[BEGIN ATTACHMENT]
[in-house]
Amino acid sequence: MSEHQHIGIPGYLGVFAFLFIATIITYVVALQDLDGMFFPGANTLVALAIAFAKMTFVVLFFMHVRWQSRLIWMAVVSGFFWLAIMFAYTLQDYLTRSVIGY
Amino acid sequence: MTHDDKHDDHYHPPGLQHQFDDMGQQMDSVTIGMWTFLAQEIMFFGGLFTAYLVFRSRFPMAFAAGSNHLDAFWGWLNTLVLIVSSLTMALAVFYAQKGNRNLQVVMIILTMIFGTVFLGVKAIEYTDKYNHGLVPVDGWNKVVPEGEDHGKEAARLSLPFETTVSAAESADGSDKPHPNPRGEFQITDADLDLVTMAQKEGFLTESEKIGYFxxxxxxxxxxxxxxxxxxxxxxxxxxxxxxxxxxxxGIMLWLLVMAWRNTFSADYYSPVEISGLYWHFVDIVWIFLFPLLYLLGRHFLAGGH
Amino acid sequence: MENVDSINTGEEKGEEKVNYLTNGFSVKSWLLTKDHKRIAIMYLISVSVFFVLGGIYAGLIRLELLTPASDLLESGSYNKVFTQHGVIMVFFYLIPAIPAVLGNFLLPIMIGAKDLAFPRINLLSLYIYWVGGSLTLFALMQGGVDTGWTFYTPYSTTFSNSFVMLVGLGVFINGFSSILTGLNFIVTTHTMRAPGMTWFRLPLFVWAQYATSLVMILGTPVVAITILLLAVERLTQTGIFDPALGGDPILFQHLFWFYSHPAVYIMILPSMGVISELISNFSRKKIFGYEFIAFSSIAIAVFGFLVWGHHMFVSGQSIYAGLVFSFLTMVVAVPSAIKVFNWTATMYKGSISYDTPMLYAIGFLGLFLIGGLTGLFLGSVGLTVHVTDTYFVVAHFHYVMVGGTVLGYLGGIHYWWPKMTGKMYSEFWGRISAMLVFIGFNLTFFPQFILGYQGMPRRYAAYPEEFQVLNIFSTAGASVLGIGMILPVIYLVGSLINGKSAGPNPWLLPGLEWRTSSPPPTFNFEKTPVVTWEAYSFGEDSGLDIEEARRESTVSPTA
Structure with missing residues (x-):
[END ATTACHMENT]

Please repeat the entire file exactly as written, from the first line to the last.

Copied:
[in-house]
Amino acid sequence: MSEHQHIGIPGYLGVFAFLFIATIITYVVALQDLDGMFFPGANTLVALAIAFAKMTFVVLFFMHVRWQSRLIWMAVVSGFFWLAIMFAYTLQDYLTRSVIGY
Amino acid sequence: MTHDDKHDDHYHPPGLQHQFDDMGQQMDSVTIGMWTFLAQEIMFFGGLFTAYLVFRSRFPMAFAAGSNHLDAFWGWLNTLVLIVSSLTMALAVFYAQKGNRNLQVVMIILTMIFGTVFLGVKAIEYTDKYNHGLVPVDGWNKVVPEGEDHGKEAARLSLPFETTVSAAESADGSDKPHPNPRGEFQITDADLDLVTMAQKEGFLTESEKIGYFxxxxxxxxxxxxxxxxxxxxxxxxxxxxxxxxxxxxGIMLWLLVMAWRNTFSADYYSPVEISGLYWHFVDIVWIFLFPLLYLLGRHFLAGGH
Amino acid sequence: MENVDSINTGEEKGEEKVNYLTNGFSVKSWLLTKDHKRIAIMYLISVSVFFVLGGIYAGLIRLELLTPASDLLESGSYNKVFTQHGVIMVFFYLIPAIPAVLGNFLLPIMIGAKDLAFPRINLLSLYIYWVGGSLTLFALMQGGVDTGWTFYTPYSTTFSNSFVMLVGLGVFINGFSSILTGLNFIVTTHTMRAPGMTWFRLPLFVWAQYATSLVMILGTPVVAITILLLAVERLTQTGIFDPALGGDPILFQHLFWFYSHPAVYIMILPSMGVISELISNFSRKKIFGYEFIAFSSIAIAVFGFLVWGHHMFVSGQSIYAGLVFSFLTMVVAVPSAIKVFNWTATMYKGSISYDTPMLYAIGFLGLFLIGGLTGLFLGSVGLTVHVTDTYFVVAHFHYVMVGGTVLGYLGGIHYWWPKMTGKMYSEFWGRISAMLVFIGFNLTFFPQFILGYQGMPRRYAAYPEEFQVLNIFSTAGASVLGIGMILPVIYLVGSLINGKSAGPNPWLLPGLEWRTSSPPPTFNFEKTPVVTWEAYSFGEDSGLDIEEARRESTVSPTA
Structure with missing residues (x-):